Adipocytes are fat storage cells. The prefix adipo- refers to “fat”, and the suffix -cyte indicates a “cell”. There are two types of fat cells. White fat cells contain just one large droplet of fat per cell. White fat cells are created when a body is carrying excess weight. Brown fat cells have many fat droplets within the cell’s cytoplasm. Brown fat is also called “baby fat”, and is not normally associated with excess weight as it is readily metabolized to generate heat.
65. U.K. decorations : DSOS
The Distinguished Service Order (DSO) is a British military award, usually awarded to officers of the rank Major or higher.
2. Part of a loving threesome? : AMAT
Amo, amas, amat … in Latin, I love, you love, he/she loves.
5. Honeybee genus : APIS
“Apis” is the Latin word for “bee”.
7. Suffix with Mozart : EAN
A Mozartean (also Mozartian) is a fan of Wolfgang Amadeus Mozart. Mozartean might also describe some music that is written in the style of Mozart.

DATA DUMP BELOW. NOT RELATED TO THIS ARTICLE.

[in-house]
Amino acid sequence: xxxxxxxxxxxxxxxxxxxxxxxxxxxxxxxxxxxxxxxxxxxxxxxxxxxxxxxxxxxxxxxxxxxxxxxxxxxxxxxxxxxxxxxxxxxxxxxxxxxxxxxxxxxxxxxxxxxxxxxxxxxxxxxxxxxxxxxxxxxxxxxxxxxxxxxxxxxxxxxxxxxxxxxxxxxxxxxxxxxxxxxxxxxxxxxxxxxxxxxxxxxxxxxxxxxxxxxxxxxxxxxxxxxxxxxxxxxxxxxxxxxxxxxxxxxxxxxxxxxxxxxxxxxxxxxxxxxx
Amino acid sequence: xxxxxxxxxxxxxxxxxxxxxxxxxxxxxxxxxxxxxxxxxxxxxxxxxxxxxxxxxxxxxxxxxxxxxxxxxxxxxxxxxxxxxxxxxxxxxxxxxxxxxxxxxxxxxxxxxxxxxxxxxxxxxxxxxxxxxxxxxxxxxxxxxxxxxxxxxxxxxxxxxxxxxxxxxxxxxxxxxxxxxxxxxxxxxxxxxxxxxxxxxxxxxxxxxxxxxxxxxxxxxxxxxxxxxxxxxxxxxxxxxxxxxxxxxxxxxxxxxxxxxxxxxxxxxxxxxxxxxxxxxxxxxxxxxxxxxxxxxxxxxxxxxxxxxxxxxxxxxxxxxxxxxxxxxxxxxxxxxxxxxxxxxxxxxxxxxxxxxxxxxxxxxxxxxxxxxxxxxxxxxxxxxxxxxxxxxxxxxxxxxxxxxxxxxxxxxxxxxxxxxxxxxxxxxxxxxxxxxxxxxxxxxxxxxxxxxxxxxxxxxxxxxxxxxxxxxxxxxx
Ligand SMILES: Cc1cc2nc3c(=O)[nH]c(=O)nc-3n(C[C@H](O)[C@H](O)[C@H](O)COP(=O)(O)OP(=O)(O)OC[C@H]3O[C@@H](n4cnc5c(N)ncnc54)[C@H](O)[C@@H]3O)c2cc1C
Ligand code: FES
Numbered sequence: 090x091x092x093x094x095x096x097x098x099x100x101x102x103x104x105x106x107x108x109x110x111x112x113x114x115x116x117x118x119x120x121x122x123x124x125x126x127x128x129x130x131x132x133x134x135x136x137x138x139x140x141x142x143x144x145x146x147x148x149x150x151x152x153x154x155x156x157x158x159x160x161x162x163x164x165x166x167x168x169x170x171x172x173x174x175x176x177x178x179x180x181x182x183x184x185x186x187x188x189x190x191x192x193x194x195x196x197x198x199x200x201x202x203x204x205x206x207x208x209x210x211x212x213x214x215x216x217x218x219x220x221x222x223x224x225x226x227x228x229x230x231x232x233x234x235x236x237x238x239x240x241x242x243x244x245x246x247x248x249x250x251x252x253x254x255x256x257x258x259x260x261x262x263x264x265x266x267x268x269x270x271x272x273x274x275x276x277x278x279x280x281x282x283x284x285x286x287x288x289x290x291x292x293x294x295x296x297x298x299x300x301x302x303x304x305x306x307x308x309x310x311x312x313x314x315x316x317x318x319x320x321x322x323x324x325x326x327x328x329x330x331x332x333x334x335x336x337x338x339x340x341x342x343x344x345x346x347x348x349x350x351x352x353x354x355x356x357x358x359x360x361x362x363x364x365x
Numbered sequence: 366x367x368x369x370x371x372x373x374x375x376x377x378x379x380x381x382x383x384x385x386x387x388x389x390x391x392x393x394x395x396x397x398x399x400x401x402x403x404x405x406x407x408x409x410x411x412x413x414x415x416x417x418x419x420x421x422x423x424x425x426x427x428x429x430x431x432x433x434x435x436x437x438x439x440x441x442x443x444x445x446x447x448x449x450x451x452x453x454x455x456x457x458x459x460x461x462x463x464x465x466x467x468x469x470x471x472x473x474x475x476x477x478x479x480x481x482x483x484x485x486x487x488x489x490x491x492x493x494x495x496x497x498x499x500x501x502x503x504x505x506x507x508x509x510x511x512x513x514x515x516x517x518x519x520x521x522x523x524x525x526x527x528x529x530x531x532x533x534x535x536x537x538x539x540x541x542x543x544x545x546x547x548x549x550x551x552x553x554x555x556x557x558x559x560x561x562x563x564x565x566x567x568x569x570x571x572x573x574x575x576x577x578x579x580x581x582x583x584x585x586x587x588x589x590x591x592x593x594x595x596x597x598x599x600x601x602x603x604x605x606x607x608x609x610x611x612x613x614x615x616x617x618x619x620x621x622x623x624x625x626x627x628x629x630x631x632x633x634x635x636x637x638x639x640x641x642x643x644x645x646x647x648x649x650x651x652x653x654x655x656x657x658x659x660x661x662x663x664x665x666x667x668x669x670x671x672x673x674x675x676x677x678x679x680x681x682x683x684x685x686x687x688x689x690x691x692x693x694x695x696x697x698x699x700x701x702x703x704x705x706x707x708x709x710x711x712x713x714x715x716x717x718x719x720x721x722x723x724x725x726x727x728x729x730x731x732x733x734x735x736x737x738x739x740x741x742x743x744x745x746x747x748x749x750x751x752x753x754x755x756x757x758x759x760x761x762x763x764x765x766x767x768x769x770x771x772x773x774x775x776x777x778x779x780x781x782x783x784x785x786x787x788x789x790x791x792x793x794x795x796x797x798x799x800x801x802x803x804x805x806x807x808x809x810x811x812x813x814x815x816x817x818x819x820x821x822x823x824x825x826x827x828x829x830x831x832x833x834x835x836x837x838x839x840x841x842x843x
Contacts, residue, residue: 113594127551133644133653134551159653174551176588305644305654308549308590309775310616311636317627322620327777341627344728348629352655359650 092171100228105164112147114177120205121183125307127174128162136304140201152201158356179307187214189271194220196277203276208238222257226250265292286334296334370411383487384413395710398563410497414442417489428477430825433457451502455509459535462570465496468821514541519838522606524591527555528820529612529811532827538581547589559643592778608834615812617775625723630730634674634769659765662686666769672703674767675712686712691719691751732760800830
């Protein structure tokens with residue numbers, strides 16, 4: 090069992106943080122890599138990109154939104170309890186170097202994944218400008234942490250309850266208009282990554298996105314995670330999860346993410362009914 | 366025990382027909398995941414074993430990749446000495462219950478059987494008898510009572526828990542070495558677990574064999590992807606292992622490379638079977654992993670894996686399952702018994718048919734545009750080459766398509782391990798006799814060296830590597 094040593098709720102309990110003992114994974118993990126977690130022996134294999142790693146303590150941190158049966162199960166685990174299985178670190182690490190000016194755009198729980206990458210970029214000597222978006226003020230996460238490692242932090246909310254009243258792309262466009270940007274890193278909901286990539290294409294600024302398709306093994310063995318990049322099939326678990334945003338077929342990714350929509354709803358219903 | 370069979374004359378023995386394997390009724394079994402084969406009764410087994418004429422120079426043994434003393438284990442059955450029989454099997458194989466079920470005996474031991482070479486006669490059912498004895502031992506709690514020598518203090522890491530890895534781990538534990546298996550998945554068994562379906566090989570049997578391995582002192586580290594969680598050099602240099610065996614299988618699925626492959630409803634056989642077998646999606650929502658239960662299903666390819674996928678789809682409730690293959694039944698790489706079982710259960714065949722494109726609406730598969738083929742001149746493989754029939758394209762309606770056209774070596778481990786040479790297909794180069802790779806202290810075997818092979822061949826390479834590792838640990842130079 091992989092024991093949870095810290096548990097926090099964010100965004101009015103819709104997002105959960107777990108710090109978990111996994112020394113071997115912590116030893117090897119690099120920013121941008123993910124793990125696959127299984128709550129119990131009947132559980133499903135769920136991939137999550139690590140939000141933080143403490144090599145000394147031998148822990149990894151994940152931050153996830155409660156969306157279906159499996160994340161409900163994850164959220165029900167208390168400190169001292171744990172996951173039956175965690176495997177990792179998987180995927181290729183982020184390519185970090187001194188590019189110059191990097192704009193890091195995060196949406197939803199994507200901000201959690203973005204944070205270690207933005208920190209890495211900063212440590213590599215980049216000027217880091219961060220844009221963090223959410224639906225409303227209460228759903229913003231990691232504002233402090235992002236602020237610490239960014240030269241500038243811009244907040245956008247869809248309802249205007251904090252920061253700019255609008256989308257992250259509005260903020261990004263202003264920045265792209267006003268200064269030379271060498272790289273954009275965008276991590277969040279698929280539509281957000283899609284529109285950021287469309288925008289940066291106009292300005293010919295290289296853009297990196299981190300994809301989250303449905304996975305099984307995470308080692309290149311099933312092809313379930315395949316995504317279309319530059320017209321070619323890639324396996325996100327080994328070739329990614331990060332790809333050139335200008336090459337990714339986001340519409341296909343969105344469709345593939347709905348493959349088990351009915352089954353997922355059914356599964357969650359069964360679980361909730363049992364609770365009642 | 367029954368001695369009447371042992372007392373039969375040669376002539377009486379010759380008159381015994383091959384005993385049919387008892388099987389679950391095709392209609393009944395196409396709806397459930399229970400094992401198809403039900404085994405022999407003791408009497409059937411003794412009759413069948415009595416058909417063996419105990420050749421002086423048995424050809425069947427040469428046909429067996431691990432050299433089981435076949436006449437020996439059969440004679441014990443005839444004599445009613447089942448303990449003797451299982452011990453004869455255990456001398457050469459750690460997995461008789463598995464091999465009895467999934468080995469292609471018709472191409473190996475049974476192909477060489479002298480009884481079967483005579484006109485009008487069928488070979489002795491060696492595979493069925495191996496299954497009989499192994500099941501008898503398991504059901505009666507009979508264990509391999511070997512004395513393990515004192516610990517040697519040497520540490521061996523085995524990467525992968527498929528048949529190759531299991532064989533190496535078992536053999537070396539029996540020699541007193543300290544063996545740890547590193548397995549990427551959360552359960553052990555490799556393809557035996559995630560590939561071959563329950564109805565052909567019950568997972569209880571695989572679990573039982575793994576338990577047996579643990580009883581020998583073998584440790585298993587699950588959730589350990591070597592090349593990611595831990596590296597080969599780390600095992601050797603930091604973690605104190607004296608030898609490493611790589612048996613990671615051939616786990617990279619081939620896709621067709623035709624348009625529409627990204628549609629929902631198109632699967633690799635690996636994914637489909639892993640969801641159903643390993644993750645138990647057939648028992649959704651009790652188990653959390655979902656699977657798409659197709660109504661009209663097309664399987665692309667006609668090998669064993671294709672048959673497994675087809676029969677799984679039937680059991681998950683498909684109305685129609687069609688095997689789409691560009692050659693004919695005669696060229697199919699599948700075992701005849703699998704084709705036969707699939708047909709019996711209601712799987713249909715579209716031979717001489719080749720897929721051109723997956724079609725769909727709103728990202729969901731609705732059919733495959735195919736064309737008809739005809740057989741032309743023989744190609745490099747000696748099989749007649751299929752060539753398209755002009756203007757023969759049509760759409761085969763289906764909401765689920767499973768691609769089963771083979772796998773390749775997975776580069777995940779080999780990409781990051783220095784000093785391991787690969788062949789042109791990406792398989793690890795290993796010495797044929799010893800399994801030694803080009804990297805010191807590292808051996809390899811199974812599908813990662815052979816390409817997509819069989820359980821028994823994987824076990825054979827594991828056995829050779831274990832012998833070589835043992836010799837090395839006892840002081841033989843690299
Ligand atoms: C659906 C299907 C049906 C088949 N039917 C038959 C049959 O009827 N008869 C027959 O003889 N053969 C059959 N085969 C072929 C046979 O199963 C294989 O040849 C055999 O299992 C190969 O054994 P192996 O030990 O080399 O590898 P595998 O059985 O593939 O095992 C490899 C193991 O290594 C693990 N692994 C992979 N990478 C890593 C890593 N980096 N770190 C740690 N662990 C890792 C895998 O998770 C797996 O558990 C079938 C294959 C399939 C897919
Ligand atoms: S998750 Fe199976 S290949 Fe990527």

8. Symbol of pork : BRIDGE TO NOWHERE
The Gravina Island Bridge project was a $400m replacement of a ferry service to an island with about 50 residents.
10. Sovereign of yore : TSARINA
A Tsarina: the wife of a Tsar, or a Russian empress.
12. “You ___” (2004 Celine Dion hit) : AND I
French-Canadienne singer Celine Dion first came to international attention when she won the 1988 Eurovision Song Contest, representing Switzerland in the competition that was hosted in Dublin, Ireland.
The Celine Dion hit “You and I” was used in a very successful advertising campaign for Air Canada. The song was apparently written by some advertising executives at Air Canada, and the music video was partially shot at Toronto Pearson International Airport.
19. City in the Plain of Sharon : LOD
The city of Lod lies just a few miles southeast of Tel Aviv, and is the home of Ben Gurion International, Israel’s main airport.